First MND cohort


Bluffton University MND cohort

Graduates from Bluffton University and Berea College are members of Bluffton's first Master of Nutrition and Dietetics class.

Accelerated MND program includes classwork and experiential learning

Bluffton University’s first cohort of Master of Nutrition and Dietetics students are starting their final semester of classes and experiential learning rotations before earning their graduate degrees.

The future May 2024 graduates include three students who earned their bachelor’s degrees as nutrition and dietetics majors at Bluffton University and one student who completed her undergraduate degree from another university with a completely different major.  

A 2022 graduate from Jenera, Ohio, Alissa Rutherford chose to work for a year at a WIC office before pursuing graduate education. She’s completed experiential learning rotations at Mary Rutan Hospital in Bellefontaine, Ohio, and at the Paulding County WIC office. Since she already had WIC experience, Rutherford shadowed the director to learn more about leadership in the field of dietetics. 

While she enjoys community-based nutrition, she can also envision herself pursuing a career in pediatric dietetics. 

“I have type 1 diabetes, and that’s why I decided to go into dietetics in the first place,” explained Rutherford. “I wanted kids to see that they can grow up to be more than their diagnosis and for parents to see that their kid is going to be okay. They’re going to make it, and their life is going to be great.”

Searra Hough ’23 is from Chardon, Ohio, and was drawn to Bluffton’s program because of the one-year timeframe and her experiences as an undergraduate student.

Originally interested in sports nutrition, Hough has also embraced community-based nutrition thanks to placements at WIC in Hancock County and the Ohio State University Extension in Findlay. Through her various rotations, she’s had the opportunity to write a nutrition-based newspaper article, share about wellness programs on television, and teach children about fruits and vegetables. 

As for classes, she cited Advanced Nutrition Counseling as being particularly helpful. 

“In all of our rotations, we have to talk to patients and members of the community,” said Hough. “I’d describe myself as more of an introvert, but that class taught me to push past my usual boundaries, and I feel more prepared.”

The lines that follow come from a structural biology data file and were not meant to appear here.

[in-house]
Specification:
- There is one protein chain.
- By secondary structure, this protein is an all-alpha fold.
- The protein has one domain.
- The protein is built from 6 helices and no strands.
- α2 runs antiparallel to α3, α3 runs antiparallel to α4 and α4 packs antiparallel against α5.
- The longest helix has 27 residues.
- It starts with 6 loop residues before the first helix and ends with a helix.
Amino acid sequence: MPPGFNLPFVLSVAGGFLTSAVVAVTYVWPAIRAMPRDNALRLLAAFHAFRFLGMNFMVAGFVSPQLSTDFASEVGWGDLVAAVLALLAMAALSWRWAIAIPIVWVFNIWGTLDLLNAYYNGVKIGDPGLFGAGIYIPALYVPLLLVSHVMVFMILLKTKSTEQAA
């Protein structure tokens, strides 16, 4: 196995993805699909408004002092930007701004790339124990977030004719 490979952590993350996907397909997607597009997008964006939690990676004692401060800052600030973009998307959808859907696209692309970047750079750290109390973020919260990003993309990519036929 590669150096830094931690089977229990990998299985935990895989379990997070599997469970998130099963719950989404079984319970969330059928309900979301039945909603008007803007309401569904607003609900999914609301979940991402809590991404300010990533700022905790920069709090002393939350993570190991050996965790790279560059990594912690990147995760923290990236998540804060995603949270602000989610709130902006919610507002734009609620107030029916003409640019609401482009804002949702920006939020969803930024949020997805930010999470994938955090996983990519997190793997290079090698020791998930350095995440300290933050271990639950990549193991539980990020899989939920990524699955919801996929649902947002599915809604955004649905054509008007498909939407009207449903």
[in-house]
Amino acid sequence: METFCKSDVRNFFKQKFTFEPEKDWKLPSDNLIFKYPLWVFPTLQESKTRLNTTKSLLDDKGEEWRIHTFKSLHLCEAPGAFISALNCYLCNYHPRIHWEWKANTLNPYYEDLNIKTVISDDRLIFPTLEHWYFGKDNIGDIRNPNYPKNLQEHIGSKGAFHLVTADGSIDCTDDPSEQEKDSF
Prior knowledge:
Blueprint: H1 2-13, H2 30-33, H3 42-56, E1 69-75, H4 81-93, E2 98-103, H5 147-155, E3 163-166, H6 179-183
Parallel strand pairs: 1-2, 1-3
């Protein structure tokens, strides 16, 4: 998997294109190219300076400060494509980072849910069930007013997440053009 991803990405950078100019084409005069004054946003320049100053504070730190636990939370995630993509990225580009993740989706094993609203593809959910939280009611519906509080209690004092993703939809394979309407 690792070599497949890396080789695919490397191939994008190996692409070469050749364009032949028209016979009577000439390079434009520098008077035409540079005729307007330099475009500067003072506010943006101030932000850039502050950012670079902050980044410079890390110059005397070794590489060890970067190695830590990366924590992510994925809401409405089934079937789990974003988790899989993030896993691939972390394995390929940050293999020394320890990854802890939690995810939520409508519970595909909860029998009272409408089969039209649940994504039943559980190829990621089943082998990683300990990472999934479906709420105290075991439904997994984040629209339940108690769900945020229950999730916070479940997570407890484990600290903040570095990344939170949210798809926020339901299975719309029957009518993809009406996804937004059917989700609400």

Emily Wood ’23, of Lima, Ohio, also named a personal experience as the reason she’s interested in dietetics. Wood was diagnosed with celiac disease about 15 years ago.

She’s completed rotations ranging from the diabetes and bariatric outpatient clinics at Mercy Health St. Rita’s Medical Center to the food service program at Lima City Schools. 

“I really like the clinical aspect of the profession, but I liked school food service more than I thought,” explained Wood.

She described the condensed format as intense but not too overwhelming. 

“I’ve been able to handle it all so far,” said Wood. “I’m learning so much more about the field of dietetics in general and what you will need to know as a dietitian.”

A native of Puerto Rico, Anneliz Cora originally pursued health and human performance as an undergraduate student at Berea College in Kentucky with the goal of becoming a physical therapist. However, in her senior year, she realized a career in dietetics would better align with her passions while also helping people in need. 

“It was literally last minute that I decided to change,” said Cora. “I was a senior and was like, ‘let’s see if I can find a program,’ and I am so grateful I found this one.”

Cora has also completed rotations at Hancock County WIC and the outpatient services at St. Rita’s. As of now, she’s not sure what area of dietetics she would like to pursue professionally, but she has time to figure that out. 

“I have five more rotations this semester, and I’m looking forward to them,” said Cora. “I’m ready to keep learning.”

An additional student, Aaron Arora, from Fort Wayne, Ind., began the MND program this semester and is taking classes part time.  

Bluffton previously offered a one-year Individualized Supervised Practice Pathway (ISPP) but transitioned to a full graduate program in summer 2023 due to a licensing change in January 2024 requiring future dietitians to earn a master’s degree. In addition to the master’s degree, students complete 1,000 hours of supervised experiential learning in the program. 

Bluffton’s graduate program is Candidacy Accredited by ACEND. Students who complete the undergraduate program in nutrition and dietetics at Bluffton automatically meet all course requirements for the master’s program. 

Students from a non-accredited program or who majored in a closely related field such as biology, exercise science or health education may need to take additional classes before starting.